Physical presence can't be replaced
The digital options initially appeared to be the perfect solution. However, it quickly became evident that not everything could be replaced by a screen. Sangyeon Cho, director of the Seoul Design Festival: 'I believe that this time, DDW has served as a barometer that shows how designers from different countries can communicate over the internet and receive unique inspiration. I couldn't satisfy all of the five senses that humans have through online means, but I think it reminded me of the importance of seeing design works and missing normal society.' In the absence of in-person events, we realised en masse that it was impossible to live without 'real' contact. Of course, everyone has appreciated the options that were discovered. And we are all happy that we were still able to do 'something'. However, the common denominator is also that we all learned a lot. It has to be done better in the future. The lack of in-person interaction only made its necessity even more glaring.
The value of chance
Isabel Roig, president of WDWN and director of Barcelona Design Week told us why: 'A design week is not only an event, it’s a community. It’s an informal network to share content and experiences and to elevate the conversation about what design is. A digital event mostly works for a part of our audience: the design professional. What we miss with digital is the interaction with the general public, the citizens of Barcelona, whom we also want to involve in the power and meaning of design.'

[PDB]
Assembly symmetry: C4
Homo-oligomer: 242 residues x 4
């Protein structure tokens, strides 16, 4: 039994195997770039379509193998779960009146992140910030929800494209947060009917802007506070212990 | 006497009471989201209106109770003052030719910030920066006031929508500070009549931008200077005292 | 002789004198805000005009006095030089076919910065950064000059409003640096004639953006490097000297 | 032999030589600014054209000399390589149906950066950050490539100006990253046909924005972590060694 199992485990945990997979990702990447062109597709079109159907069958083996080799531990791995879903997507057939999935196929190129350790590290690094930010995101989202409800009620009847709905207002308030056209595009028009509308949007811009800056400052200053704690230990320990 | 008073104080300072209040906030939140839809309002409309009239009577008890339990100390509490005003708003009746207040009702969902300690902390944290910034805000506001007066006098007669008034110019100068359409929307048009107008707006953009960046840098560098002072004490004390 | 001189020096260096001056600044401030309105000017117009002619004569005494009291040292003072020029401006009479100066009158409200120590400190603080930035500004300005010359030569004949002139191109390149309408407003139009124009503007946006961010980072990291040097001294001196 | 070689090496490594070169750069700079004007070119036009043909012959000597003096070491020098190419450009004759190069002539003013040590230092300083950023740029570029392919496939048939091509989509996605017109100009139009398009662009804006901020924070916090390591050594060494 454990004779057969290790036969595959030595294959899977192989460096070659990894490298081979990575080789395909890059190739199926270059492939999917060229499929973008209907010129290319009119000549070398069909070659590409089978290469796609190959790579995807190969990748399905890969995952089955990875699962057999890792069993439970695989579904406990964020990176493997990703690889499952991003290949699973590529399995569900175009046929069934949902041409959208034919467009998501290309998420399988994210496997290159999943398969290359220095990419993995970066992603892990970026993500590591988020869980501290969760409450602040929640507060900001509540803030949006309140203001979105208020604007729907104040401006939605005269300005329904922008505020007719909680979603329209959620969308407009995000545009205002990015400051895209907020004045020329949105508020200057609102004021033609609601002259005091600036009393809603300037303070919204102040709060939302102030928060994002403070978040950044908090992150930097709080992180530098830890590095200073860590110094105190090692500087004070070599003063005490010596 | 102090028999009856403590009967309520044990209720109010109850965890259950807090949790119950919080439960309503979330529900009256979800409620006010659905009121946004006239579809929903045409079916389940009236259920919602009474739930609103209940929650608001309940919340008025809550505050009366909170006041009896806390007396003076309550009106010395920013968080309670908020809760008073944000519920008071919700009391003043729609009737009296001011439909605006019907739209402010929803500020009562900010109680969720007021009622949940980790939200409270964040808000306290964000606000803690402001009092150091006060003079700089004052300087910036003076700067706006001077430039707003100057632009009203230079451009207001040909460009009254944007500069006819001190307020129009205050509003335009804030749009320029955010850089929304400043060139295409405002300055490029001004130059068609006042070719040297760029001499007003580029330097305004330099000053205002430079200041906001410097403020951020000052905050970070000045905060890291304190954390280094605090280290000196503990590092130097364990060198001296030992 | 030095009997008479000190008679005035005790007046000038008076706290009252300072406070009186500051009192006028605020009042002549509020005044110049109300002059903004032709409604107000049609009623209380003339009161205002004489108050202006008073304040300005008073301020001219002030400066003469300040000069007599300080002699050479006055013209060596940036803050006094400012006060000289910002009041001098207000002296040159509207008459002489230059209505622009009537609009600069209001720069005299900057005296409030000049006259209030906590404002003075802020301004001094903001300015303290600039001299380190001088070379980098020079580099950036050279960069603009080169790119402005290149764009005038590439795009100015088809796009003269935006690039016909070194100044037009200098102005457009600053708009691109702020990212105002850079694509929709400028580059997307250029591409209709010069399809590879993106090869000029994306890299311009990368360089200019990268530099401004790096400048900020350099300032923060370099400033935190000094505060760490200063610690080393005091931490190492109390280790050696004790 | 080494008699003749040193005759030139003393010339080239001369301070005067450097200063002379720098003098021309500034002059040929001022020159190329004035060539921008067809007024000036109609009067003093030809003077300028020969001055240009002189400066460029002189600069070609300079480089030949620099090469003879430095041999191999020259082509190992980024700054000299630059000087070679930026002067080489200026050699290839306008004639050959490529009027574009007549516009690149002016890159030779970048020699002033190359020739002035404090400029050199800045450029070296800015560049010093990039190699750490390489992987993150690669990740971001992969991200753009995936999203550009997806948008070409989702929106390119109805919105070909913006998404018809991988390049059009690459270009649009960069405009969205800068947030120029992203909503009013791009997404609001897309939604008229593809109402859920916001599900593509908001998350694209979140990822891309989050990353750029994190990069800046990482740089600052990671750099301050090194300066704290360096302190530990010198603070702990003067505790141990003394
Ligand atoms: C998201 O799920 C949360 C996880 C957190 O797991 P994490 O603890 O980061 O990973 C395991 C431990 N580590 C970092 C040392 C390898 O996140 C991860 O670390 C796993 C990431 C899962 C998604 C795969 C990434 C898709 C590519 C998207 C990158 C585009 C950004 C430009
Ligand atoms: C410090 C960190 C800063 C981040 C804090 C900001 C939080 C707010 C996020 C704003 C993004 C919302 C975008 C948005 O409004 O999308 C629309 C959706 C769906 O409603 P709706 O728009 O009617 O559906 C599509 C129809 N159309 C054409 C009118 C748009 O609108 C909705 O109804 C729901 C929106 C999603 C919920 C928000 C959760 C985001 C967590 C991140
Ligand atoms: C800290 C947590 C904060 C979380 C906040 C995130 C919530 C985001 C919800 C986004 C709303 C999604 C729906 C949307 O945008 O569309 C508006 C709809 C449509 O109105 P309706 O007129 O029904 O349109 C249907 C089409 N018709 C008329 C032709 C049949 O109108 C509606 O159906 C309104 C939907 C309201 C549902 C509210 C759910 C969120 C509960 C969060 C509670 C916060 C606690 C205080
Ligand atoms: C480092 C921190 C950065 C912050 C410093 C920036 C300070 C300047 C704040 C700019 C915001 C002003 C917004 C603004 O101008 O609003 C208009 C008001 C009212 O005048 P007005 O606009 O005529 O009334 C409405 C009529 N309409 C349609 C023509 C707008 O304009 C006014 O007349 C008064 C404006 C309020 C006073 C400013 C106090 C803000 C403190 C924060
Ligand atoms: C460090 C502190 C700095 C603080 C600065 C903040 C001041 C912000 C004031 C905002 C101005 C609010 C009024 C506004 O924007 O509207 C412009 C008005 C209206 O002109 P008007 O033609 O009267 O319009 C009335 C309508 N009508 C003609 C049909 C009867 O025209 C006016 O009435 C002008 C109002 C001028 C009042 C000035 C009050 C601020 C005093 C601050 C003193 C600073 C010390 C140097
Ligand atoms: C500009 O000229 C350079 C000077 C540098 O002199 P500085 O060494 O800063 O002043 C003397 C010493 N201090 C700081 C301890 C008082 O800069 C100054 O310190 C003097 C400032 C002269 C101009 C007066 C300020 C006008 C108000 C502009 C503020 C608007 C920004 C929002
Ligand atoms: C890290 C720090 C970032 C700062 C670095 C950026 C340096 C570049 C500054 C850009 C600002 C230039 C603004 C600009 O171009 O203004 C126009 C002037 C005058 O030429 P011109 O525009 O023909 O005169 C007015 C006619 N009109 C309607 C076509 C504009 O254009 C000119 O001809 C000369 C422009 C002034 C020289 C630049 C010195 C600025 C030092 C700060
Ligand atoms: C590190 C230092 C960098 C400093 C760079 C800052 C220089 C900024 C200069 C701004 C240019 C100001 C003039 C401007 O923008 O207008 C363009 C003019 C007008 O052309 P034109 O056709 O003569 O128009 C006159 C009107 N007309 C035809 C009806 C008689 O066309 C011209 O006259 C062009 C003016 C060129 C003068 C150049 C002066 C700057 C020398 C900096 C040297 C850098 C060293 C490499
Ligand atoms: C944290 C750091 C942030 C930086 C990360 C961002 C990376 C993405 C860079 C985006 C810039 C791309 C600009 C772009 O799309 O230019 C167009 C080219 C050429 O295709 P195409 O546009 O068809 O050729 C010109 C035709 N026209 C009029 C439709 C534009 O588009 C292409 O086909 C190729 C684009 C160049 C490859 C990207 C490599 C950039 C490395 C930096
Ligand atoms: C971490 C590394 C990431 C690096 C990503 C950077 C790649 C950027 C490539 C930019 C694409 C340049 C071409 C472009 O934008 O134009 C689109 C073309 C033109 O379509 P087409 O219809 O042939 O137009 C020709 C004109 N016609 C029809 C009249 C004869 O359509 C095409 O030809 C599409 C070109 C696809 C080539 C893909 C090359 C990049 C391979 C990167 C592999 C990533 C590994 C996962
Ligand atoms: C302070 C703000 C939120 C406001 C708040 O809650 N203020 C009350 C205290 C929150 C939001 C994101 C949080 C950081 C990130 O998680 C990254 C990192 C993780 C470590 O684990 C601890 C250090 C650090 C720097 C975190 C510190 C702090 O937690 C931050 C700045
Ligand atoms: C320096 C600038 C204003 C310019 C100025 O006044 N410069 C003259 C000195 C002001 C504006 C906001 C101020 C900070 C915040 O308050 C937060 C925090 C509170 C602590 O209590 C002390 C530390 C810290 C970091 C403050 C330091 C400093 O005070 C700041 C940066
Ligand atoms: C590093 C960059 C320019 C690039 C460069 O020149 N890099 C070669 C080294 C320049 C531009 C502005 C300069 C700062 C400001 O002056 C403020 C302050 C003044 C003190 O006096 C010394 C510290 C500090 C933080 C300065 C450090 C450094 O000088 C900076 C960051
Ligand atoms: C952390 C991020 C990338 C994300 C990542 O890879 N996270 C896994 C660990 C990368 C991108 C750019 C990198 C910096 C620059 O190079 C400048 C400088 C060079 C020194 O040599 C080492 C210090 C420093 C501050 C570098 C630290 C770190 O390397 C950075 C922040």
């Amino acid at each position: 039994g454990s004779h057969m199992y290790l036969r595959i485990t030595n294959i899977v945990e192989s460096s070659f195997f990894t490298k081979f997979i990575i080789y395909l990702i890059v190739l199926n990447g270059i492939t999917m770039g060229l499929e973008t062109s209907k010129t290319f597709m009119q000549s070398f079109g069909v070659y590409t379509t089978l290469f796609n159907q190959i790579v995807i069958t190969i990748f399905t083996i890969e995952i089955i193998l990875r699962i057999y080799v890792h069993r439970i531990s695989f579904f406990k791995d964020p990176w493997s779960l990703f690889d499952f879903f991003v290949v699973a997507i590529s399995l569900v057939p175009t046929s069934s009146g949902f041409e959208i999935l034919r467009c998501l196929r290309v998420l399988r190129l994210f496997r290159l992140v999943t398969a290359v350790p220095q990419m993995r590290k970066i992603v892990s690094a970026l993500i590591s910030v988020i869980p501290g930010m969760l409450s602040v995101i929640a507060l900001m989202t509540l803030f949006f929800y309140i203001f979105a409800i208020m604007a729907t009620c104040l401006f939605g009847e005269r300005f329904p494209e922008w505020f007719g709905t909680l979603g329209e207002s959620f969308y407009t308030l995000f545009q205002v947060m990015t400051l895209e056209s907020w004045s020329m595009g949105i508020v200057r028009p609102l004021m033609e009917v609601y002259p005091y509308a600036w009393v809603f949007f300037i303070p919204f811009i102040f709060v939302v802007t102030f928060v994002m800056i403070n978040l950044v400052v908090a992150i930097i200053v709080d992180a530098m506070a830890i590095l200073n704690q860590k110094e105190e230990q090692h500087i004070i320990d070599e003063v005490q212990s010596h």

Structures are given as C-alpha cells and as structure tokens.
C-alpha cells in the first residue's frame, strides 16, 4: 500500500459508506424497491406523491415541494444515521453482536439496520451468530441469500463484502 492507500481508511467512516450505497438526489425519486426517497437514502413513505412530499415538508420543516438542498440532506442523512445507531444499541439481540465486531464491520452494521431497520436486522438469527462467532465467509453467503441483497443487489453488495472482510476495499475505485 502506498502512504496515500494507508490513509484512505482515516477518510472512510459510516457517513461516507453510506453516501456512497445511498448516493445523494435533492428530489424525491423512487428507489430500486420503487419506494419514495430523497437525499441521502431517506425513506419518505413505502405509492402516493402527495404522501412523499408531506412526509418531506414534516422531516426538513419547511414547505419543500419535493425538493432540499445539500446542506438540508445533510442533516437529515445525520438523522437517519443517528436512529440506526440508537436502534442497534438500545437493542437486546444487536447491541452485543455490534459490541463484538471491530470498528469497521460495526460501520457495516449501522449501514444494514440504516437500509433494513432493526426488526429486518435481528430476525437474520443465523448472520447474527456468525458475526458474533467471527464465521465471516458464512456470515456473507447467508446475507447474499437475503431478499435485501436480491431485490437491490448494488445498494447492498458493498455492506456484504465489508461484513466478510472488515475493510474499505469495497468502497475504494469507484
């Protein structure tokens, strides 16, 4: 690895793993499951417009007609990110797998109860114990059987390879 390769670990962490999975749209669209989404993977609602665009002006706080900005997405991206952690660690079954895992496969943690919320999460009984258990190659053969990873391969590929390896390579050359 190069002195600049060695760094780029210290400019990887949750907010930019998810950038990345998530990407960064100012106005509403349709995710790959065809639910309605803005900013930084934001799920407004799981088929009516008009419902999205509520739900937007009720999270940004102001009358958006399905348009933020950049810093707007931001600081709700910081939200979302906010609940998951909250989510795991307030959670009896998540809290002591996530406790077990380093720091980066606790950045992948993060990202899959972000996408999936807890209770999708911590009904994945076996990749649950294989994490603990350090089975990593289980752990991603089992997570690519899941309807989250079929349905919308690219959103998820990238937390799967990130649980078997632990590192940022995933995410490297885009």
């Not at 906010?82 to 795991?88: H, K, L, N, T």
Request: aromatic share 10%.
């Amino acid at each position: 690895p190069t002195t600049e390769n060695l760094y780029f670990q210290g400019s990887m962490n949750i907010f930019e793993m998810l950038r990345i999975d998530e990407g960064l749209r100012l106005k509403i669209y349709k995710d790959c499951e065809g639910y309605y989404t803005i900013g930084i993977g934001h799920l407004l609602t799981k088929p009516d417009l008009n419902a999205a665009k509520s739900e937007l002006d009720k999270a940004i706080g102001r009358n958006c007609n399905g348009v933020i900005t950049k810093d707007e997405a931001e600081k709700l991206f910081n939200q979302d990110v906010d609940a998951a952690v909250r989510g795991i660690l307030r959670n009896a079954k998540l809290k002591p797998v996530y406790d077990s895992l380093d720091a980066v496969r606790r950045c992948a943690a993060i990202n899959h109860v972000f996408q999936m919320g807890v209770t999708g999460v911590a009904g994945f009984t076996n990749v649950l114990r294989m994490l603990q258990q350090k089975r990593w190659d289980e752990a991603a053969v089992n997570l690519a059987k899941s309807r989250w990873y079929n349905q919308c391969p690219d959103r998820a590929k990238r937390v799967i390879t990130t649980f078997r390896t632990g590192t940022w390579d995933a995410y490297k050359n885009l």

Martijn Paulen, director of Dutch Design Week added the following: 'Design weeks are a kind of laboratory for creators and thinkers, prototypes and innovations. Sure, the digital world has made many new things possible. But one thing can never be replaced: the value of personal contact. How often do you find yourself inspired by something you weren't particularly looking for while visiting an event? Or maybe you've had a conversation with someone that led to new insights? The power and magic of a design week is how they create the conditions needed for serendipity — how they give chance the room to flourish. That's only possible during an in-person event'.
A newly discovered creative sector
It seems as if one cannot do without the other. The physical element is crucial for the unexpected, the inspiration and the celebration. With their potentially large reach, digital resources provide design weeks with the opportunity to remain relevant throughout the year. After all, digital content does not need to be streamed live and can be accessed indefinitely. 2020 taught us that being flexible about the use of digital formats was crucial for us to survive. Everyone is looking forward to bringing the physical component back into the mix in 2021. In this way, the crisis also gave us something positive: a newly discovered creative sector where people can interact digitally — more easily and more frequently — and where there is room for high-quality, in-person meetings. Hybrid is the new normal.